Ferguson, Backstrom and Larose left the ice. Despite his French-Canadian surname, Rosey had grown up in Ontario, in a whistle stop north of Lake Superior called Hearst, the Moose Capital of Canada. Since joining the Canadiens, he’d worked hard to prove to them that he deserved his place on the team. But they still had reservations about Larose. So did his mother in Hearst. She worried that her son would get hurt, and she wished he’d never played hockey at all.

Jean Beliveau, Gilles Tremblay and Bobby Rousseau skated from the Canadiens’ bench to replace them. Laperriere and Harper stayed on the ice.

From the Leafs’ bench, Punch Imlach sent Dave Keon, George Armstrong and Frank Mahovlich onto the ice, along with two fresh defencemen, Tim Horton and Allan Stanley. Of the five Maple Leafs on the ice at the moment, Imlach had the least confidence in Mahovlich. He hoped the son of a bitch wouldn’t let him down.

“Take a fucking look,” Jim Pappin snapped to Bob Pulford as he slid along the Leafs’ bench. “I was open.”

Pulford rested his gloved right hand on top of the boards as he caught his breath. “Y’re open, lemme know, fucksake,” he said.

Gibberish came out of Pulford’s mouth like porridge bubbling in a pot. “Pulford was always mumbling,” said former NHL referee Bruce Hood. Pulford was always miserable, as well. His teammates had seldom seen him smile, even when he scored a goal. Over beers in a bar, they joked that Happy Hour couldn’t start until Pulford went home. But they’d seen him argue. Pulford argued with the other team. He argued with his own team. He argued with the officials. He challenged every penalty, every offside. Some officials expected him to argue even when he scored a goal. “A most miserable player,” said Hood.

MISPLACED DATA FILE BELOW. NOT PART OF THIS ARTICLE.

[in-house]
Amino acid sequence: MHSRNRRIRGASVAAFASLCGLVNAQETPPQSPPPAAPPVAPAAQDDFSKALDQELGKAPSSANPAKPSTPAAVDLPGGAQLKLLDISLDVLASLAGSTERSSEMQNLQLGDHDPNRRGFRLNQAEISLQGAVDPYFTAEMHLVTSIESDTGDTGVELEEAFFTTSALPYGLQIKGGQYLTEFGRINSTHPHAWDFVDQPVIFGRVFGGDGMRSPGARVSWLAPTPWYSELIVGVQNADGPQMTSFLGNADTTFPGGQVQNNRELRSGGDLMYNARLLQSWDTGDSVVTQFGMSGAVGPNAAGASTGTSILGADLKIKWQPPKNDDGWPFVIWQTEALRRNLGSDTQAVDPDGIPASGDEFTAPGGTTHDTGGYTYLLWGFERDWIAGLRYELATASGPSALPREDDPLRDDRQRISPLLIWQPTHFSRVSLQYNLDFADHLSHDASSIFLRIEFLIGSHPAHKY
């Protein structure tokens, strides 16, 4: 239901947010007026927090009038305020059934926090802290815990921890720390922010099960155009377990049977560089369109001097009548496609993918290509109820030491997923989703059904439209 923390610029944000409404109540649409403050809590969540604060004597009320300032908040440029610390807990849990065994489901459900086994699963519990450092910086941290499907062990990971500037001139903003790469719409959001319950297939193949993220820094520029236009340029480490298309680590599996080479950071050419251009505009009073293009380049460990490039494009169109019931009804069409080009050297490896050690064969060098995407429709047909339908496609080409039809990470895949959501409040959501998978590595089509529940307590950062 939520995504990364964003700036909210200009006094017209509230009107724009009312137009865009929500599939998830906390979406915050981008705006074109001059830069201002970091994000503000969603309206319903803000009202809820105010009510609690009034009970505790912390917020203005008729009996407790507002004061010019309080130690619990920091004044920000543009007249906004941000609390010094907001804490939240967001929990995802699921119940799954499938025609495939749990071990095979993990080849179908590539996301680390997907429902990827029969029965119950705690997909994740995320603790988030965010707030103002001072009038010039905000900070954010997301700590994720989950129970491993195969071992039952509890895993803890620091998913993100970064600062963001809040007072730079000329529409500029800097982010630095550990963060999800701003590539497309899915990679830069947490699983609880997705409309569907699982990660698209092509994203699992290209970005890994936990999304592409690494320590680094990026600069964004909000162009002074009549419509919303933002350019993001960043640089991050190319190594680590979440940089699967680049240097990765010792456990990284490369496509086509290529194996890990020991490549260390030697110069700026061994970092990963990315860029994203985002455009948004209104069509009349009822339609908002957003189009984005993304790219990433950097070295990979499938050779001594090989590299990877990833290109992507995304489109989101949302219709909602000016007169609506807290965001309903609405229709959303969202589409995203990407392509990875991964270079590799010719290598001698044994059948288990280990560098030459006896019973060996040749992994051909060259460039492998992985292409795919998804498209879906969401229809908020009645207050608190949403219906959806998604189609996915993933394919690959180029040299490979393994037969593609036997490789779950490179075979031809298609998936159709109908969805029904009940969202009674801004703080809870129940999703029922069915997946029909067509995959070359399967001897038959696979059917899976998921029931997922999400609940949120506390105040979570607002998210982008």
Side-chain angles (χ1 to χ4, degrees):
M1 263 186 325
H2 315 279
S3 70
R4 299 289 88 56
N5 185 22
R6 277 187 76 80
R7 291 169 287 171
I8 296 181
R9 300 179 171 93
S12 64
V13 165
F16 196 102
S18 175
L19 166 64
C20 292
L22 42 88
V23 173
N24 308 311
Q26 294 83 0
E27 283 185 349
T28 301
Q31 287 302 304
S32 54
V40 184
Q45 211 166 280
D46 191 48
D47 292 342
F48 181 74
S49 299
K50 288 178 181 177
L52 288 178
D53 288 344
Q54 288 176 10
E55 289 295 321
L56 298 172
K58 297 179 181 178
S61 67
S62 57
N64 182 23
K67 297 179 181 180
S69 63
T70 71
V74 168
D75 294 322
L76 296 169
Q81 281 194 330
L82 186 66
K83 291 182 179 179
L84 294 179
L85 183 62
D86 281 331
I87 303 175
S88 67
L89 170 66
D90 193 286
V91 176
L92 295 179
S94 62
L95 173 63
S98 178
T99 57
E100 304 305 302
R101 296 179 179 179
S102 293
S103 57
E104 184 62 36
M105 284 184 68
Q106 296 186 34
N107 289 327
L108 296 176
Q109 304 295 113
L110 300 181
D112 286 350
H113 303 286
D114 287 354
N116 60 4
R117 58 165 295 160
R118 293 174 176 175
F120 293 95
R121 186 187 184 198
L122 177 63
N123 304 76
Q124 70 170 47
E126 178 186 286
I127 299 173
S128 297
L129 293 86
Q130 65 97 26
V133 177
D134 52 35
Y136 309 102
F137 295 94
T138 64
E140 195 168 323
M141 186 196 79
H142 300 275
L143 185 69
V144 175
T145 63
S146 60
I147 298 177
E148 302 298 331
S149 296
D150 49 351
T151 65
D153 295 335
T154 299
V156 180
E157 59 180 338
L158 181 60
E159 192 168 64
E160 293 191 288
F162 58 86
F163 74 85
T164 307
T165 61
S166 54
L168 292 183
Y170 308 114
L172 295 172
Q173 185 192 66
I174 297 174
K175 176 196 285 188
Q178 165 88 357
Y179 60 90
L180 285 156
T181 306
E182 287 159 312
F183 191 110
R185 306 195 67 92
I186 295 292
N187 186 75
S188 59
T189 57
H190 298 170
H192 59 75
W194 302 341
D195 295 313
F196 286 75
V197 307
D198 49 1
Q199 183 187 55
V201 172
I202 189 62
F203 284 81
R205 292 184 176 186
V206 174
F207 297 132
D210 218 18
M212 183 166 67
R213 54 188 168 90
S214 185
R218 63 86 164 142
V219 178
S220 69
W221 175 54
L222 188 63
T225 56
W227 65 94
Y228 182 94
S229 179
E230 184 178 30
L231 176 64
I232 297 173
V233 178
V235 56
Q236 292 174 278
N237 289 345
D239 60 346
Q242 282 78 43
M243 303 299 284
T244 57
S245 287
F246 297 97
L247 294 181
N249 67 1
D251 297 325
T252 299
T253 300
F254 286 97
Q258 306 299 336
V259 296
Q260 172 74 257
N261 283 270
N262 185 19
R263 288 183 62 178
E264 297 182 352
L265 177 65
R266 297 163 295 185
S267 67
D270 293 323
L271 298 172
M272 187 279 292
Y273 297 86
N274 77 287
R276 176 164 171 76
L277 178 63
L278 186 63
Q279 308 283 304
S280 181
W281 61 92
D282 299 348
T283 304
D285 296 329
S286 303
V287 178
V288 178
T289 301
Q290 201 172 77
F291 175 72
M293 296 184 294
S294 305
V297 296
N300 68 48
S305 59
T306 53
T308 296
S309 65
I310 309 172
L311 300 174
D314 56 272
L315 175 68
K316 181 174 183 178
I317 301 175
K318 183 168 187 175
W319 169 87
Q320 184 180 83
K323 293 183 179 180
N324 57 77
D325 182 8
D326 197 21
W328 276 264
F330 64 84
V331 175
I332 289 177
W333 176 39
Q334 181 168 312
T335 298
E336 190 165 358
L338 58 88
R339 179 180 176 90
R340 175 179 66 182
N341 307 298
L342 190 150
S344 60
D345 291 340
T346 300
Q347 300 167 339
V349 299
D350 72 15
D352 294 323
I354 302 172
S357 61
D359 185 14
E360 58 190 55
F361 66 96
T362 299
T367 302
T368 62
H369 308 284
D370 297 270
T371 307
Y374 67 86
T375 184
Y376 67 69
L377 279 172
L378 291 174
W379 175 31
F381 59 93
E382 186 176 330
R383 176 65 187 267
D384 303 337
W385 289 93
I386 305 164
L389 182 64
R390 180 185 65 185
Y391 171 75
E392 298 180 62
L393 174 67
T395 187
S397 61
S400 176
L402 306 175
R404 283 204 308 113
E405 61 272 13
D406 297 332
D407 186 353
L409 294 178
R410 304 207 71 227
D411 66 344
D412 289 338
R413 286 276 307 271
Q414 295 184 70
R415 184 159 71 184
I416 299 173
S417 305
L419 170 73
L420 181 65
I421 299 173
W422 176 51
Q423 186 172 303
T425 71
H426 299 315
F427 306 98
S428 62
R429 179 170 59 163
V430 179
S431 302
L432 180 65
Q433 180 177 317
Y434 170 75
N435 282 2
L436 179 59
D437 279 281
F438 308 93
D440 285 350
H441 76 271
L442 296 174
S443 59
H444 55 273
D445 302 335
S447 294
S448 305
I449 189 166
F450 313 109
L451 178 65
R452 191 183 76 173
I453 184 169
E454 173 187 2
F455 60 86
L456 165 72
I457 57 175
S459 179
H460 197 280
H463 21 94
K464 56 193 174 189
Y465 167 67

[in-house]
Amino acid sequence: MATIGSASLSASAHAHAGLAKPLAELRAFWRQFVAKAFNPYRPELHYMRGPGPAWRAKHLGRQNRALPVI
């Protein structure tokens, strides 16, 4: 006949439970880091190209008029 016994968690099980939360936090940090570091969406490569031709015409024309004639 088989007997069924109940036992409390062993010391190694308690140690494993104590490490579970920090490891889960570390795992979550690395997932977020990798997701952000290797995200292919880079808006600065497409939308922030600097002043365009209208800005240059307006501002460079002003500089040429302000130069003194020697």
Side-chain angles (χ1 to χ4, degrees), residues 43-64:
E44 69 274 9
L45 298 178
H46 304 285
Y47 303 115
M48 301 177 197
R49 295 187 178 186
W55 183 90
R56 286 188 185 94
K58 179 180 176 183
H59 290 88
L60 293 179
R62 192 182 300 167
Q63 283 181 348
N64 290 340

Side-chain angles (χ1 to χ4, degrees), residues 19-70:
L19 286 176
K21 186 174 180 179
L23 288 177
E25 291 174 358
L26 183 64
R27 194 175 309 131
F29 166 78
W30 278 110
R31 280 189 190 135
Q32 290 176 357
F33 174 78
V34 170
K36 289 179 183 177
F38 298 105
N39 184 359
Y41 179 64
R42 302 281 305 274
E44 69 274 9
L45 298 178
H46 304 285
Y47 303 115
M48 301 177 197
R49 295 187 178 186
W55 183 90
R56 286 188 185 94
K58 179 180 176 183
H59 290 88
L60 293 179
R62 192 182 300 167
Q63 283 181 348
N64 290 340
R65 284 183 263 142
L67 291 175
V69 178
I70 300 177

Pappin and Pulford both lived in Weston, northwest of the city. They often drove together to practice at Maple Leaf Gardens, and they shopped together at the same grocery store, where Pappin picked up baby food for his new kid. But during a game, they bickered like romantically challenged parents. “On the ice,” said Stemkowski, their linemate, “they didn’t get along so well.”

Pappin was as miserable as Pulford. Lean and moody, with a chip on each shoulder, he had an abrasive personality that could scour a frying pan, and he didn’t play favourites with his criticism. He said stuff about his coaches and teammates that they didn’t like to hear, and he said it right to their faces. “Pappin had the most cutting tongue of any person I’ve ever met,” said Don Cherry, “cruel and to the point.”